Jan. 06, 2023
Washington, D.C. (Jan. 6, 2023) — The Independent Community Bankers of America (ICBA) reiterated its call for the Small Business Administration to maintain its long-standing moratorium on the number of non-federally regulated institutions, including nonbank fintech companies, that can make loans under its 7(a) program.
In its comment letter and in recent joint letters to the SBA and Congress, ICBA said the SBA’s proposals to lift the moratorium on Small Business Lending Companies and to loosen or remove the 7(a) program’s underwriting requirements could harm borrowers and undermine the program. Instead, the SBA should withdraw its proposals while focusing on the community bank partnerships that have been so beneficial for expanding lending in underserved areas, ICBA said.
“The Small Business Administration’s proposal to allow nonbank fintechs and other non-federally regulated institutions to participate in its successful 7(a) loan program could unintentionally harm the very borrowers the SBA is trying to aid as well as the program’s underwriting standards,” ICBA President and CEO Rebeca Romero Rainey said today. “The SBA’s Paycheck Protection Program—which community banks successfully led in local communities while eliminating many lending risks that plagued fintechs’ participation in the program—demonstrates the importance of ensuring federal loan programs benefit from institutions with sound regulatory supervision and prudent lending practices.”
In its comment letter, ICBA said the SBA proposal to lift the moratorium on SBLCs—which has been in place since 1982 because the agency has lacked the resources needed to manage the 7(a) program—would threaten the integrity of a program long led by community banks to support small businesses in the local communities most in need of lending. Further, the proposal lacks details on how new SBLCs would measure success under the program and is missing information on supervision, regulation, loss mitigation, fraud, capital adequacy, and overall safety and soundness.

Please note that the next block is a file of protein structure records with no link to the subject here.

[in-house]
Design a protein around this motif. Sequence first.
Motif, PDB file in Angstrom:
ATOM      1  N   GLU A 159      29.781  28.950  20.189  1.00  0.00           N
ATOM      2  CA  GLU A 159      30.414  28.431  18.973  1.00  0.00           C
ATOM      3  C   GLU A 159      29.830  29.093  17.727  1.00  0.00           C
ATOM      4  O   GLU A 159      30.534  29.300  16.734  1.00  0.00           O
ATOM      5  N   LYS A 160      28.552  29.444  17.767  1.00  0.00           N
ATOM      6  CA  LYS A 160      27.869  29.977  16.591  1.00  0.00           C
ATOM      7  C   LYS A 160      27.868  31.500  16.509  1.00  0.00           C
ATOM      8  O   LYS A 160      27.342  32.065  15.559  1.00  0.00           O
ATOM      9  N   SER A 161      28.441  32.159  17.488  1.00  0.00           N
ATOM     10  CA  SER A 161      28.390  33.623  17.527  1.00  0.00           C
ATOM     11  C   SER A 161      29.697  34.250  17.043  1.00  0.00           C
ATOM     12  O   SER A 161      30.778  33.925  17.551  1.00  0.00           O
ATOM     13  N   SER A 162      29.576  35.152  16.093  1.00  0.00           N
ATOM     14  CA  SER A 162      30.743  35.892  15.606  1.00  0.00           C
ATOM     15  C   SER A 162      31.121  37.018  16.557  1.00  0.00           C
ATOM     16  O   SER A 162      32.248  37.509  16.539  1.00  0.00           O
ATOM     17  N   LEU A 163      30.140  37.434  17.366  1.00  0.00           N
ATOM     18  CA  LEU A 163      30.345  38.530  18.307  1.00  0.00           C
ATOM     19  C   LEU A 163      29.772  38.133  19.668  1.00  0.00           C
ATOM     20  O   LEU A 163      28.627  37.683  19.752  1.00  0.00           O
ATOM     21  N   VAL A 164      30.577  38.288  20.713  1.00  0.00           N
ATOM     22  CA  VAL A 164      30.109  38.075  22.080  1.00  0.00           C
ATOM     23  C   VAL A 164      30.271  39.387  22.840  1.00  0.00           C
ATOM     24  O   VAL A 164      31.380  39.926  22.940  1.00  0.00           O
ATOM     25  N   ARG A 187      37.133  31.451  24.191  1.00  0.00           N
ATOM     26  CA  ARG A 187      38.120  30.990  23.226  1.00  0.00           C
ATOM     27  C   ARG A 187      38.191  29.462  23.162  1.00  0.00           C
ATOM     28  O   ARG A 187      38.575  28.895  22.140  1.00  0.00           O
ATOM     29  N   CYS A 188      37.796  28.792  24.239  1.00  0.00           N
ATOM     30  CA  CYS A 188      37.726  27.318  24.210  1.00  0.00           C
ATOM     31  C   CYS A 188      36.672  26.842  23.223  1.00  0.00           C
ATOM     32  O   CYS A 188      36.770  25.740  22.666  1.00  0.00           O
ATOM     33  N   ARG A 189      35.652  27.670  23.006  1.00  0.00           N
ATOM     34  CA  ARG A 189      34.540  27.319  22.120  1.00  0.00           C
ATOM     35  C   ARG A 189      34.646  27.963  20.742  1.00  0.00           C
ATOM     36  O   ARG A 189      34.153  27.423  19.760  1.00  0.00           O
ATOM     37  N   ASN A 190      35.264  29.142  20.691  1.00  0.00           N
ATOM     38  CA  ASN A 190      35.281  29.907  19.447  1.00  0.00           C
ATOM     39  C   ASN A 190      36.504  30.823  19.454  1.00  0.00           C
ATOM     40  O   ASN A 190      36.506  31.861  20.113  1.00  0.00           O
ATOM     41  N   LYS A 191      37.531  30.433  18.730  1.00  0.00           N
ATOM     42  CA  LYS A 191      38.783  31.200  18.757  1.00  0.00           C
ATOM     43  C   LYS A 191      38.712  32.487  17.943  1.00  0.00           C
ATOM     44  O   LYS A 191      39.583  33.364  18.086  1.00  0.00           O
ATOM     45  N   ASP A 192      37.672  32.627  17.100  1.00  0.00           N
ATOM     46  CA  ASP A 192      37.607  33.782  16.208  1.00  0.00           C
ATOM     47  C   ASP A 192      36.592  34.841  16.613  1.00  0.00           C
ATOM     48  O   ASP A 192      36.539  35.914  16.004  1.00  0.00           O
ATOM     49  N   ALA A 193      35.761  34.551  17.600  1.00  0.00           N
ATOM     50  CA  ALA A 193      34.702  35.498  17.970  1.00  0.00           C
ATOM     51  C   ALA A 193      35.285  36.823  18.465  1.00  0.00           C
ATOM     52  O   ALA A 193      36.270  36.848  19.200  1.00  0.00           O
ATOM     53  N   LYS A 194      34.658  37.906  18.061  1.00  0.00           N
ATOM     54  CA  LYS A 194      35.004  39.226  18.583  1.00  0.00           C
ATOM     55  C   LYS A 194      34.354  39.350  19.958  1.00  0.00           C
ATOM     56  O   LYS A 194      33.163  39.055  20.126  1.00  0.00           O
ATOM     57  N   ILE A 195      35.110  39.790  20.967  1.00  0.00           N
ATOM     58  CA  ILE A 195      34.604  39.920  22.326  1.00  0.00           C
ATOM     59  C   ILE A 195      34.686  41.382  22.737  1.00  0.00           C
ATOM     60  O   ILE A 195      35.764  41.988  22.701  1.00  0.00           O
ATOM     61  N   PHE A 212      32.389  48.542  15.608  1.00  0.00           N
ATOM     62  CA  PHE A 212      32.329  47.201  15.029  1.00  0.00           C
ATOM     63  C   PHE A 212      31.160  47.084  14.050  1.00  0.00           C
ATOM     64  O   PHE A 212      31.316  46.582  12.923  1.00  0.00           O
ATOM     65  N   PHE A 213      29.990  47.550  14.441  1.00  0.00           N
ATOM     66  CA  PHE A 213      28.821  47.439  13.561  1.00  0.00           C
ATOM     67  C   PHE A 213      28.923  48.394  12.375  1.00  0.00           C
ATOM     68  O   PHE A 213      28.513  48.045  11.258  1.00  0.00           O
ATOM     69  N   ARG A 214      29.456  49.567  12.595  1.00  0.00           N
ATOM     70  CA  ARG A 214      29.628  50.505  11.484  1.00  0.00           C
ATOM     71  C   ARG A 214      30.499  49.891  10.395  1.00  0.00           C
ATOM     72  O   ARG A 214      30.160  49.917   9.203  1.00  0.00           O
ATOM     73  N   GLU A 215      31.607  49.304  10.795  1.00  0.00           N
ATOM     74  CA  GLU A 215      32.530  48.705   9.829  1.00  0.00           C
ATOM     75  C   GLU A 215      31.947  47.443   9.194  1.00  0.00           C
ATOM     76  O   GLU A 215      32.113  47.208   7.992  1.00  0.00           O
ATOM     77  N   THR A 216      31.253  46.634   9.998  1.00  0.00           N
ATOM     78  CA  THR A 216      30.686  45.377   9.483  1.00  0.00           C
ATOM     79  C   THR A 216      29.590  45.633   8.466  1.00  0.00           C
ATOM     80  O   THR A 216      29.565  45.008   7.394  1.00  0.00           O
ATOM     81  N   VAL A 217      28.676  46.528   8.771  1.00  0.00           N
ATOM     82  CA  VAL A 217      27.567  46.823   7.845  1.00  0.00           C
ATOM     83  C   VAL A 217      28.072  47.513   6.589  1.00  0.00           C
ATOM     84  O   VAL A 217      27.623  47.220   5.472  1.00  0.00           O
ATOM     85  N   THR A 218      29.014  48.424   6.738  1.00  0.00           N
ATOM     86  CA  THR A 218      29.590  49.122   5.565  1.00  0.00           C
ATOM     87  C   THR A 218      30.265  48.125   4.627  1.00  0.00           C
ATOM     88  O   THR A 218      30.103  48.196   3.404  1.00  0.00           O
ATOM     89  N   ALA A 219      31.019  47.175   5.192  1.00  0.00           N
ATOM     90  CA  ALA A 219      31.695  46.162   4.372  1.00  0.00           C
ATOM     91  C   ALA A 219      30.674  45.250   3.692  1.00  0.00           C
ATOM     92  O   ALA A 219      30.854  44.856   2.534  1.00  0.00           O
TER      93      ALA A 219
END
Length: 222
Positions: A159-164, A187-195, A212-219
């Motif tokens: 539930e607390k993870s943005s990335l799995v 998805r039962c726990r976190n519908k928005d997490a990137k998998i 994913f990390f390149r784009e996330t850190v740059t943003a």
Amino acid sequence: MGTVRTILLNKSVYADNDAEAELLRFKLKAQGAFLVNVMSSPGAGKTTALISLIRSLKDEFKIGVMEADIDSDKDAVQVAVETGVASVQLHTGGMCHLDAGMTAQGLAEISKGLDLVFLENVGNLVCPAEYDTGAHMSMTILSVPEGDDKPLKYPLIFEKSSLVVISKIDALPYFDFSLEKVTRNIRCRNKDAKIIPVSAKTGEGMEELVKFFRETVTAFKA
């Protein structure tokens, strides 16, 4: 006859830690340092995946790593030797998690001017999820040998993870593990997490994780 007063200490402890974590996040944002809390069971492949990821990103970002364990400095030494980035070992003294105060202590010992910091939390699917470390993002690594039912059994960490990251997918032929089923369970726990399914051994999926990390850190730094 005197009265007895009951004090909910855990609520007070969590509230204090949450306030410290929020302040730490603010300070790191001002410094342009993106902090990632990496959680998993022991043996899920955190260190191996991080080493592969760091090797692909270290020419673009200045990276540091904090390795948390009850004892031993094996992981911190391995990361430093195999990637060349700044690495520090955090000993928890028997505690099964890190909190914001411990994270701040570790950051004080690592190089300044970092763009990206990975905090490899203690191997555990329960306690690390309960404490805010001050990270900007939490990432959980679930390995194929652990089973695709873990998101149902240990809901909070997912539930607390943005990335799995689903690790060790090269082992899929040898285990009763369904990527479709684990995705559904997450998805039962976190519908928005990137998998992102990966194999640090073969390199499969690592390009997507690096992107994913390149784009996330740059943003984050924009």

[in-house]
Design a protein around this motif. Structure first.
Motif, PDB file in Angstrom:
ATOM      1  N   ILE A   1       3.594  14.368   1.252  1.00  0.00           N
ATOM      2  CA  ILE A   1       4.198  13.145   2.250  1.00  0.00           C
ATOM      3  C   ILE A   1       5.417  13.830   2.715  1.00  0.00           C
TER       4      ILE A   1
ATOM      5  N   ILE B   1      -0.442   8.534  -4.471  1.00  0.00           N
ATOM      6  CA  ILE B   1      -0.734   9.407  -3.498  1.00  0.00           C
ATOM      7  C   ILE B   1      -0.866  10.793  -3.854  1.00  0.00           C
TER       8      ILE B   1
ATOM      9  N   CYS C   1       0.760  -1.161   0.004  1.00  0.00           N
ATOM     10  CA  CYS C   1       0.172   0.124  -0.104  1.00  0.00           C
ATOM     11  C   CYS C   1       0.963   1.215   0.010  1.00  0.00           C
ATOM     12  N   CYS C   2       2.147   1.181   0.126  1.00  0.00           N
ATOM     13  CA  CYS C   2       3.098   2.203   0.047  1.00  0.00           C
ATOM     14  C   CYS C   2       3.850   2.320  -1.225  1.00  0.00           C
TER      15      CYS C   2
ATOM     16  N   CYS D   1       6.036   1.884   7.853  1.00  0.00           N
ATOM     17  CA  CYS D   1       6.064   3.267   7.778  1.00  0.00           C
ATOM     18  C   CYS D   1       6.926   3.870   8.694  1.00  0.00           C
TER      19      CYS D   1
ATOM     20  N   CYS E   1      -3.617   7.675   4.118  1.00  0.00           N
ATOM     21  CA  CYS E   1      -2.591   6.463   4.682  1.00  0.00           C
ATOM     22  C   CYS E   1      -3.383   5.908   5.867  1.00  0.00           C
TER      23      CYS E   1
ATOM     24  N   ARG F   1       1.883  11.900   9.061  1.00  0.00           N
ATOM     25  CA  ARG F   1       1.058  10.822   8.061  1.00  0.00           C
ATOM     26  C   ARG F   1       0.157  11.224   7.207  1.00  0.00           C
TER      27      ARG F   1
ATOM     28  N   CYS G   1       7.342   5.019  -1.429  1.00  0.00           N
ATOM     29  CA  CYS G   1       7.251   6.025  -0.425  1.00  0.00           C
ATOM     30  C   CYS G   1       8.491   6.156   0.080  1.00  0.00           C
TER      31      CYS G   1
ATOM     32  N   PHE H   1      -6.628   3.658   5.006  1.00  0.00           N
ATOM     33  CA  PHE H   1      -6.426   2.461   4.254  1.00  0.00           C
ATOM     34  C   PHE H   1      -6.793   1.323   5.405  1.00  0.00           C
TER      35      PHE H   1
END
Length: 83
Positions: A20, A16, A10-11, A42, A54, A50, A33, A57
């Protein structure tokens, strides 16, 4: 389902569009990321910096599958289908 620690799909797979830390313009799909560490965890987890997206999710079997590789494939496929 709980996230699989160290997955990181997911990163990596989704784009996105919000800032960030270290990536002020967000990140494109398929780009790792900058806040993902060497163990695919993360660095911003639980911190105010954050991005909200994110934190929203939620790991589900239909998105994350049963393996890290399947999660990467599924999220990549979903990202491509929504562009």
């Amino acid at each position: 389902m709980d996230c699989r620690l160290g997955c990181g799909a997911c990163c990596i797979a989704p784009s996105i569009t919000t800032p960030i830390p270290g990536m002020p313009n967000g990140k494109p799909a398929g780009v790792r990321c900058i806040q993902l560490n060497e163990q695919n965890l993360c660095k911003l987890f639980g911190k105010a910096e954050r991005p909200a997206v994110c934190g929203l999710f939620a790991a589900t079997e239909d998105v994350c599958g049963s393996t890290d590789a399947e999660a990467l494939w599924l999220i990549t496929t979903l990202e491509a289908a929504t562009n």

Meanwhile, the Select Subcommittee on the Coronavirus Crisis’s report regarding the role of fintechs in facilitating a disproportionately high rate of fraudulent and otherwise ineligible loans through the Paycheck Protection Program, long-standing concerns with the SBA’s administration of the PPP, and the uncertainty of the economic outlook raise further questions about the SBA’s proposals to introduce new risks to the 7(a) program, ICBA said.
The Independent Community Bankers of America® creates and promotes an environment where community banks flourish. ICBA is dedicated exclusively to representing the interests of the community banking industry and its membership through effective advocacy, best-in-class education, and high-quality products and services.
With nearly 50,000 locations nationwide, community banks constitute roughly 99 percent of all banks, employ nearly 700,000 Americans and are the only physical banking presence in one in three U.S. counties. Holding more than $5.8 trillion in assets, over $4.8 trillion in deposits, and more than $3.5 trillion in loans to consumers, small businesses and the agricultural community, community banks channel local deposits into the Main Streets and neighborhoods they serve, spurring job creation, fostering innovation and fueling their customers’ dreams in communities throughout America. For more information, visit ICBA’s website at www.icba.org.